And that is how I set out to find Jeem Thar, with 14 bucks and 75 paise jangling in my pocket. I'd never worked for so little ever before, but she had a way of fluttering her eyes that made my knees go weak. Mind you, a man in my profession gets a lot of eye fluttering from a lot of dames; but this was easily in the top five.

I've heard claims that Shillong's the only city in India that has a paved road leading to every residence. I wouldn't know - because I didn't tail Jeem to every house in Shillong - but all the ones I did walk on were paved. I especially enjoyed tailing him on the narrower streets, my standard-issue Op boots ringing smartly on the pavement, the close walls echoing the sound in a delightful surround effect.

And the roads were clean. There's nothing I hate more than keeping brisk pace with a suspect, and then having to hop on one foot, trying to scrape gum off. Not getting gum on his boots is vital to a private-eye - gum tends to muffle ringing footsteps, leading to low job-satisfaction levels.

Then there are the little roads that lead up and down, everywhere, that a private eye can duck into when he gets a little too enthusiastic with his footsteps and the suspect wheels sharply around. Private eyes love elevation changes. Especially when they allow him his ringing footsteps: thump, crack, thump.

The only negative was that a lot of Shillong's shops and restaurants are the small, tastefully furnished, personal types that most folks go gaga over, but makes us private eyes stick out like VVS Laxman at the IPL. But that apart, the place is just private-eye heaven, I tell you.

I cornered Jeem at Ward's Lake. I'd planned to pull him under some bushes and whack the info out of him, but probably because of massive deforestation, brightly coloured umbrellas are what the young of Shillong seem to prefer. Admittedly, umbrellas look a little odd in winter, but we Malabar Ops can rough it out with what's available when forced to. I dragged him under a vacant umbrella. To the rest of the world, we were a pair of rent-crossed lovers, but only the two of us would ever know how ferocious the battle really was. After about the sixth punch on his slightly pulpy belly, he started to spill the beans. In less than 15 minutes, I had all the words anyone would ever need on Berlin Alexanderplatz. I made him repeat it all in German just for the hell of it.

Handing the notes over later that evening, I gruffly asked her to wipe her tears off. It was nothing, I said. Just an honest day's work. I adjusted my hat in exactly the same way that Humphrey Bogart did in The Maltese Falcon, wore exactly the same smirk on my face, and walked toward the waiting cab, my ringing footsteps never having sounded better.

Monday, January 3, 2011

The Malabar Op goes soft

The story so far... 

The Malabar Op snoops around
There was bamboo-shoot pork, bamboo-shoot pickle, something else that's the world's hottest chili, eggs, freshwater fish, mutton, algae, sweet potatoes, small potatoes, normal potatoes, chicken, shrimp, rice, dal, cauliflower and lots, lots more on the lunch table. Maintaining my enviable fitness levels was clearly going to be a problem in Chowkham.

Life there is pretty restful. The village by the riverside, the freezing waters as clean as can be, the woods and the fields with hardly a soul in sight, the Himalayas so very close by, the charm of the house itself, all of this, it sometimes makes a private eye forget that he has business at hand, and turns him into a tourist - and a vegetable of a tourist, at that. 

The day begins early in the "land of the dawn-lit mountains." I've heard that the sunrise is as early as a little after 5 in the morning. The only person who can confirm that is PK, who would disappear into the early-morning mist to go birding. Due to a lack of witnesses, his exploits on these trips are largely shrouded in myth and mystery; but stories have filtered through of lows such as getting lost and wandering into army camps, and glorious highs such as the day he got to molest a Crested Serpent Eagle.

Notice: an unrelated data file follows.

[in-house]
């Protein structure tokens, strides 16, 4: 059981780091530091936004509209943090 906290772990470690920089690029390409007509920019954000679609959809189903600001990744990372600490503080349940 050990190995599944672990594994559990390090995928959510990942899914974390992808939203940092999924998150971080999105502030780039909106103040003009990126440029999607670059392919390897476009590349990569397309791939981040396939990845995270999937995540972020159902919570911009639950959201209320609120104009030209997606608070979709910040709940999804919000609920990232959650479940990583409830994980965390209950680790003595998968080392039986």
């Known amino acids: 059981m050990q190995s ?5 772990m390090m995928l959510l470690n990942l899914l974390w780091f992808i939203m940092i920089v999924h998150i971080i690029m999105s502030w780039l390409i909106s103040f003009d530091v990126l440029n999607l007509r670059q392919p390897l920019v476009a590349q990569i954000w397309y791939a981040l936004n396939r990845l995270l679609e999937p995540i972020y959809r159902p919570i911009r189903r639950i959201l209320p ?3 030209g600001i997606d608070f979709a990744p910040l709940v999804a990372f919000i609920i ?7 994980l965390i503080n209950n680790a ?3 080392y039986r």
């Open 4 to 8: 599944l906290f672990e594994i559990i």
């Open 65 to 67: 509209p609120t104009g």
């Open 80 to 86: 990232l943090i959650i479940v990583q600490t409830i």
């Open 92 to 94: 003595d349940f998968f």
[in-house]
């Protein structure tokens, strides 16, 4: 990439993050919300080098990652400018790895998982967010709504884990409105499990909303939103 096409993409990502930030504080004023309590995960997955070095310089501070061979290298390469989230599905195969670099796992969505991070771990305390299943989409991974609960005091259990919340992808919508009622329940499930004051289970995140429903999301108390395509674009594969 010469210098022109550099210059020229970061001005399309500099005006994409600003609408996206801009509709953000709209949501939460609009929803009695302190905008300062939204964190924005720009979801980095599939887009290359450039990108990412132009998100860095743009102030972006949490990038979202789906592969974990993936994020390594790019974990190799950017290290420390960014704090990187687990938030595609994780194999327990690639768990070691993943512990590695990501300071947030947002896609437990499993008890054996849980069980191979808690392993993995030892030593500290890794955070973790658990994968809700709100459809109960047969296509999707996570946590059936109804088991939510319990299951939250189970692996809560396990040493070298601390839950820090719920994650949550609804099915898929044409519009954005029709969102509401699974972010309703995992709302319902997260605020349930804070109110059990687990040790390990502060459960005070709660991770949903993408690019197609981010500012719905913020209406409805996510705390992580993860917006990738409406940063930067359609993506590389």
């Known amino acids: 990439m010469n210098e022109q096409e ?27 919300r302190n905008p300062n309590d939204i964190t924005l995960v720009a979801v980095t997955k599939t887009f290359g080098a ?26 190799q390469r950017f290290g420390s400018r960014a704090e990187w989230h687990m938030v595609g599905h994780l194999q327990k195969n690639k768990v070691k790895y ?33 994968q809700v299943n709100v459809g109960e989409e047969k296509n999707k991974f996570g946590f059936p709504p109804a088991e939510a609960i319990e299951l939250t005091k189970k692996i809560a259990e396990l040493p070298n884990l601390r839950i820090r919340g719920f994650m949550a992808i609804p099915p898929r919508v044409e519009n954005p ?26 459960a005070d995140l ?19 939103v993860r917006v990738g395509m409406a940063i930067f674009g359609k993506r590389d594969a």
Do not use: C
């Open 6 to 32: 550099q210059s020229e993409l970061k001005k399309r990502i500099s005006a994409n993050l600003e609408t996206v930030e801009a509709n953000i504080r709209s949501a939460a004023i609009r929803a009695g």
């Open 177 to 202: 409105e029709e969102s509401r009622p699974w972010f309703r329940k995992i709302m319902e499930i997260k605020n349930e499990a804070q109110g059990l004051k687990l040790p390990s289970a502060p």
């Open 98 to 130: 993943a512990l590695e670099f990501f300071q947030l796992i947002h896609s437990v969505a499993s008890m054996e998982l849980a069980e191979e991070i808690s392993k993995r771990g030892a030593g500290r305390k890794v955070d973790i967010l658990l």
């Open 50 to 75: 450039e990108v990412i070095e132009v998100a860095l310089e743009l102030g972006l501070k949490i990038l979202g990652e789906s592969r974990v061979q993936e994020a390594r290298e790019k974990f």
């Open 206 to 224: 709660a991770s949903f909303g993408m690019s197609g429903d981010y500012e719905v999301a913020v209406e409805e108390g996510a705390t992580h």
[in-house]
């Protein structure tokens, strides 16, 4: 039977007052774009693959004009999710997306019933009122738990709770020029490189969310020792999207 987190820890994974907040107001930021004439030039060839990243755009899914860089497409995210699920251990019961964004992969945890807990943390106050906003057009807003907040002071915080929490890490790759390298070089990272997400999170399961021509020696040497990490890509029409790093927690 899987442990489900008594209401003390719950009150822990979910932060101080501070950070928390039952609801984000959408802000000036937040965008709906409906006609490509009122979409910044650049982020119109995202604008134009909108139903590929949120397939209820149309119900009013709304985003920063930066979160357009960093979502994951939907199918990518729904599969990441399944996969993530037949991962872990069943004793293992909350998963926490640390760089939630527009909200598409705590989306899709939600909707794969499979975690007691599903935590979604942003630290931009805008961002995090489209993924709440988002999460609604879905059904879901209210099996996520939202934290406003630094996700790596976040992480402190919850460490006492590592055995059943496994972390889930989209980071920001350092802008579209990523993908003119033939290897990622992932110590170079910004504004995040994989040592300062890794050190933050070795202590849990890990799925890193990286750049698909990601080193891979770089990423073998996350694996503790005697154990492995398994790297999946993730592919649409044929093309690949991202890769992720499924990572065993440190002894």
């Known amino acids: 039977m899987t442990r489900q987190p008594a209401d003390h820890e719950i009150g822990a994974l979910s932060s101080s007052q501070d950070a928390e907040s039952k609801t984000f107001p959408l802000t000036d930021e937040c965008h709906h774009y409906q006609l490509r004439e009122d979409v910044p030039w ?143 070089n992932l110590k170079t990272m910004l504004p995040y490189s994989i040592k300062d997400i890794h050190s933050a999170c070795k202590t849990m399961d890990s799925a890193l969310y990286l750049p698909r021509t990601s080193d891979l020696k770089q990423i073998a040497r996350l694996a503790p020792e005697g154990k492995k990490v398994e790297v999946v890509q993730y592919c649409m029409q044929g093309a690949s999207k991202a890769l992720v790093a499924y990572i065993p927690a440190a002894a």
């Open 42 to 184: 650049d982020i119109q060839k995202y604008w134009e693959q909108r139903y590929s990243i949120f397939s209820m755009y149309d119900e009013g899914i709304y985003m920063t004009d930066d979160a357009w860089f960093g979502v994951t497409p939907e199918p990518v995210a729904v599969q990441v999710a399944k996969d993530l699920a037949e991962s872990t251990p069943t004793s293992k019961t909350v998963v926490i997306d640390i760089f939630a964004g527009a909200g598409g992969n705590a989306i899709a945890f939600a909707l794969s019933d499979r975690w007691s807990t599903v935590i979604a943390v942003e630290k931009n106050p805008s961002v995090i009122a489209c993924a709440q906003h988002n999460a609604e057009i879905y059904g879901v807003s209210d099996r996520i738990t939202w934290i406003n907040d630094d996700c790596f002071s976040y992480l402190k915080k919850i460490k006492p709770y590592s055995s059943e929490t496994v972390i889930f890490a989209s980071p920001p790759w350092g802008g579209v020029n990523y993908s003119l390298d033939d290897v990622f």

Aunt Frika (Mohnish has as many aunts as a character in a Wodehouse novel, and they all ask just two things of him: that he get a haircut and get married - in that order) would regale us at the breakfast table with stories of the floods in 2004. She told us how they watched, from their terrace, house after house disappearing into the river; of how all their help had to leave to take care of their families; of how they had no water or electricity for more than a week; of how they harvested rainwater, and the joys of bathing in them.  Ujjal, sitting nearby, added gloomily that one day they too would lose their house as young rivers are rather unpredictable with their courses. After breakfast, she would buzz off determinedly bride-hunting for Mohnish (who'd sit in a corner blushing prettily).

The Malabar Op leads Mohnish across the Lohit
Mostly, it was a time for the finer things in life: sleeping late, hogging like (and on) pigs, avoiding any kind of excessive physical labour, etc. We would go orange plucking, have a look at the pagodas and the museums nearby, and buy handwoven bags  and Khamti lungis from the pretty tailor in the village. This being winter, off-roading on the riverbed in Ujjal's Gypsy was also an option. The locals were very impressed when I led local-boy Mohnish across the treacherous currents of the Lohit.

The high-point was when we drove to Parashuram Kund. Legend has it that Lord Parashuram, for naughtinesses such as killing his mother, had an axe irremovably stuck to his arm. He travelled the length and breadth of the country as penance for his sin, but the axe wouldn't come off. It was only when he bathed in the waters here that it finally parted ways. This legend is all the more poignant to us Malabar Ops as the story goes that it's a blow from his axe that claimed the Malabar coast from the seas.

I suppose then that this place needs no further description than this: all it takes is one glimpse to convince you that there are no sins those blue-green waters cannot cleanse. We got a couple of nice pictures, but they do no justice to the sight of the river snaking its way through those hills, the foothills of the Himalayas: sheer, green and beautiful.

And just when I was in danger of completely forgetting about the case, came a walk by the river. PK to Mohnish: "Come with me tomorrow morning, my little piggy, and I'll show you the eighth wonder of the world."

I scratched my chin thoughtfully and followed.

P.S. - Photos courtesy PK.